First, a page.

This information last updated at 5.00pm on Friday 17 January 2003
Foreign Minister, Alexander Downer announced today that Australia has contributed $40,000 to the Fiji Red Cross Society appeal to assist vulnerable communities affected by Cyclone Ami.
Fiji Red Cross assistance to date has focused on the provision of pre-packed humanitarian emergency family packs containing clothing, cooking utensils, blankets, towels, soap, first aid supplies, tarpaulins and water purification tablets.
The Australian funds will be used for communication equipment, water tanks, containers, pumps and generators, family packs and tarpaulins.
Australia has also contributed F$5,000 (about $4,000) in support of a Fijian national radio emergency relief appeal.
A batch of 100,000 water purification tablets will also be sent to Fiji by the first available commercial flight.
A helicopter charted by the Australian Government is currently assessing damage caused by Cyclone Ami in remote areas of Fiji. The assessment team on the helicopter includes an AusAID official and medical personnel.
The helicopter left Nadi at 11.00am this morning, and will visit communities on Mali Island, Udu Point and Cikobia Island in the north-east coastal region of Vanua Levu today.
The helicopter has been charted for two days at a cost of A$25,000.
An AusAID emergencies response officer went to Fiji today to assist coordination of the relief effort.
The Australian High Commission in Suva has reported 11 confirmed deaths.
The Fiji Government is still to fully assess field assessment reports of the damage caused by Cyclone Ami and the Australian Government will favourably consider further requests for assistance.
The need for further Australian assistance will be determined by the Fiji Cabinet. Cabinet will make its decision based on the findings of assessments undertaken over the past two days.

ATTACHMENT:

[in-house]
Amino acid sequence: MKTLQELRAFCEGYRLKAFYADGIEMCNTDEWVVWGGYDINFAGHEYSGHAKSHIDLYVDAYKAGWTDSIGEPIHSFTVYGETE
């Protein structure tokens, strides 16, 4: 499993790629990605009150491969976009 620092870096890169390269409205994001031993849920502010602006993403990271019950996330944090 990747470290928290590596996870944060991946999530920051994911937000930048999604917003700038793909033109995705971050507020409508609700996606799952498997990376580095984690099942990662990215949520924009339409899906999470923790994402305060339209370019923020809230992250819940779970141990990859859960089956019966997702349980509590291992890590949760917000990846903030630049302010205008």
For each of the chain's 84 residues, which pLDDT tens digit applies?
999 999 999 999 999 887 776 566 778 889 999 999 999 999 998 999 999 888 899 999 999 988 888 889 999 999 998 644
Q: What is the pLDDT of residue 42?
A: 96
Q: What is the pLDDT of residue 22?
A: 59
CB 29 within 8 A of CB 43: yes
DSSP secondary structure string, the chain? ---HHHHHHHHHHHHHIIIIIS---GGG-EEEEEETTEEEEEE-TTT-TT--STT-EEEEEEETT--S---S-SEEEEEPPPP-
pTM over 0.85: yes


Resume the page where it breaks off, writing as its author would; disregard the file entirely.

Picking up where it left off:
We have been advised that the Fiji Cabinet is now due to meet over the next few days, once the National Disaster Committee Assessment report is completed.
The assessments have found the impact of Cyclone Ami was less than expected, with major infrastructure, roads and airstrips intact. However there has been some flooding.
The greatest damage was observed in Northern and Eastern Vanua Levu and Cicia and Vanuavatu Islands in the Lau Group with reports of flooding, crop and vegetation damage and damage to residential property.
Communication has since been restored to many affected areas and Air Fiji is now operating flights to Vanua Levu and Taveuni Islands. Authorities in Fiji have dispatched field assessment teams to Vanua Levu.
The Fiji Government has dispatched three naval patrol boats to the worst affected islands in the Lau Group and Vanua Levu. The boats have on board medical teams and emergency relief supplies including temporary shelter, medical supplies, food and water.
Australia has already indicated it is prepared to send at short notice supplies of key items such as tarpaulins and water containers. Depending on the nature of any request, other supplies and financial assistance could also be provided.
Since the cyclone formed out of a tropical depression on January 12, Australia, through its overseas aid agency, AusAID, has been in regular contact with key Fiji and other Pacific authorities.
Australia also initiated and hosted a donor coordination meeting in Suva on January 16 to discuss the impact of the cyclone and each donor's capacity to provide assistance in the immediate and longer terms. Representatives were from the Governments of Australia, New Zealand, France, United States, Japan, United Kingdom and from the European Union.
As part of an ongoing regional funded program, Australia and other donors have been providing assistance to Fiji to further strengthen its disaster preparedness and management capabilities. This has included training for Fiji's National Disaster Management Office in disaster and risk management, and in disaster preparedness, response and coordination.